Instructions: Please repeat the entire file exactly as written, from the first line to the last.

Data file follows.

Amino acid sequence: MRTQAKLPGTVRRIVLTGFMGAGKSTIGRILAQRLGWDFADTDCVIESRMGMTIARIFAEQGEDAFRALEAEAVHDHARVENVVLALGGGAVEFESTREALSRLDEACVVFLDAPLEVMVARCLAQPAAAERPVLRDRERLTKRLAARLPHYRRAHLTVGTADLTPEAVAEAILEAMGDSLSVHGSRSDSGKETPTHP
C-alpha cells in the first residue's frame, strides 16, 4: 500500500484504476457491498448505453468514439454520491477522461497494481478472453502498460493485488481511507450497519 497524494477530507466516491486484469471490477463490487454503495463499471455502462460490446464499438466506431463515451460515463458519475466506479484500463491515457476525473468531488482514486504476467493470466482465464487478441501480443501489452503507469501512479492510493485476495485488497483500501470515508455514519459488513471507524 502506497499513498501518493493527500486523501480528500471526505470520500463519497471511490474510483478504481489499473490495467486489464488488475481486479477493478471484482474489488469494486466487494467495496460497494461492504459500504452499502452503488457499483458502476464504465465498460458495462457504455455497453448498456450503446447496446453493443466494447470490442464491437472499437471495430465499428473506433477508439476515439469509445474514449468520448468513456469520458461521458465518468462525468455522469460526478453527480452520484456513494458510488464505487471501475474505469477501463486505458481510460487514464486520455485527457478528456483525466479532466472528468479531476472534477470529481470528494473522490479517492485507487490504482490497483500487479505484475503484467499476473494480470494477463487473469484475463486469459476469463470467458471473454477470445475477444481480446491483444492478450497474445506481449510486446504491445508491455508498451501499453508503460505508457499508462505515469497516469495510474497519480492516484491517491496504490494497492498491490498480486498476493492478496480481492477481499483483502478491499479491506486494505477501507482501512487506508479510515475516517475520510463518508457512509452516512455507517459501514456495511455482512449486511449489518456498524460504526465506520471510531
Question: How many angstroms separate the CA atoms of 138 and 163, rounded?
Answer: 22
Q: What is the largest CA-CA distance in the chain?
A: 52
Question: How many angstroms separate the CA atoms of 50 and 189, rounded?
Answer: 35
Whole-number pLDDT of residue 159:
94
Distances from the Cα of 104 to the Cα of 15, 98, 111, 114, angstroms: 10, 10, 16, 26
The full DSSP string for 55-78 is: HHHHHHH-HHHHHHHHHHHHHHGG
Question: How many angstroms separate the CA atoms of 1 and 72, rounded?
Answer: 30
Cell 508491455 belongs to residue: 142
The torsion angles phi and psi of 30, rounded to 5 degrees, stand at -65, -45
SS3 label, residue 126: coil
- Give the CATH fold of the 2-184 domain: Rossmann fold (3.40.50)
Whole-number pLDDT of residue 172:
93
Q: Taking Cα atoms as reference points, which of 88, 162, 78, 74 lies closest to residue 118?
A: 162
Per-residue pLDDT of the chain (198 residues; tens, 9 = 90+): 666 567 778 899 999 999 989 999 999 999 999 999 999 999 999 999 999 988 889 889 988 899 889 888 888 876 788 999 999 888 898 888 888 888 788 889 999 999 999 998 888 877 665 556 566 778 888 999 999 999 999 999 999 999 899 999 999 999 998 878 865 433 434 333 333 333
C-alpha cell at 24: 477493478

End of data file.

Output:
Amino acid sequence: MRTQAKLPGTVRRIVLTGFMGAGKSTIGRILAQRLGWDFADTDCVIESRMGMTIARIFAEQGEDAFRALEAEAVHDHARVENVVLALGGGAVEFESTREALSRLDEACVVFLDAPLEVMVARCLAQPAAAERPVLRDRERLTKRLAARLPHYRRAHLTVGTADLTPEAVAEAILEAMGDSLSVHGSRSDSGKETPTHP
C-alpha cells in the first residue's frame, strides 16, 4: 500500500484504476457491498448505453468514439454520491477522461497494481478472453502498460493485488481511507450497519 497524494477530507466516491486484469471490477463490487454503495463499471455502462460490446464499438466506431463515451460515463458519475466506479484500463491515457476525473468531488482514486504476467493470466482465464487478441501480443501489452503507469501512479492510493485476495485488497483500501470515508455514519459488513471507524 502506497499513498501518493493527500486523501480528500471526505470520500463519497471511490474510483478504481489499473490495467486489464488488475481486479477493478471484482474489488469494486466487494467495496460497494461492504459500504452499502452503488457499483458502476464504465465498460458495462457504455455497453448498456450503446447496446453493443466494447470490442464491437472499437471495430465499428473506433477508439476515439469509445474514449468520448468513456469520458461521458465518468462525468455522469460526478453527480452520484456513494458510488464505487471501475474505469477501463486505458481510460487514464486520455485527457478528456483525466479532466472528468479531476472534477470529481470528494473522490479517492485507487490504482490497483500487479505484475503484467499476473494480470494477463487473469484475463486469459476469463470467458471473454477470445475477444481480446491483444492478450497474445506481449510486446504491445508491455508498451501499453508503460505508457499508462505515469497516469495510474497519480492516484491517491496504490494497492498491490498480486498476493492478496480481492477481499483483502478491499479491506486494505477501507482501512487506508479510515475516517475520510463518508457512509452516512455507517459501514456495511455482512449486511449489518456498524460504526465506520471510531
Question: How many angstroms separate the CA atoms of 138 and 163, rounded?
Answer: 22
Q: What is the largest CA-CA distance in the chain?
A: 52
Question: How many angstroms separate the CA atoms of 50 and 189, rounded?
Answer: 35
Whole-number pLDDT of residue 159:
94
Distances from the Cα of 104 to the Cα of 15, 98, 111, 114, angstroms: 10, 10, 16, 26
The full DSSP string for 55-78 is: HHHHHHH-HHHHHHHHHHHHHHGG
Question: How many angstroms separate the CA atoms of 1 and 72, rounded?
Answer: 30
Cell 508491455 belongs to residue: 142
The torsion angles phi and psi of 30, rounded to 5 degrees, stand at -65, -45
SS3 label, residue 126: coil
- Give the CATH fold of the 2-184 domain: Rossmann fold (3.40.50)
Whole-number pLDDT of residue 172:
93
Q: Taking Cα atoms as reference points, which of 88, 162, 78, 74 lies closest to residue 118?
A: 162
Per-residue pLDDT of the chain (198 residues; tens, 9 = 90+): 666 567 778 899 999 999 989 999 999 999 999 999 999 999 999 999 999 988 889 889 988 899 889 888 888 876 788 999 999 888 898 888 888 888 788 889 999 999 999 998 888 877 665 556 566 778 888 999 999 999 999 999 999 999 899 999 999 999 998 878 865 433 434 333 333 333
C-alpha cell at 24: 477493478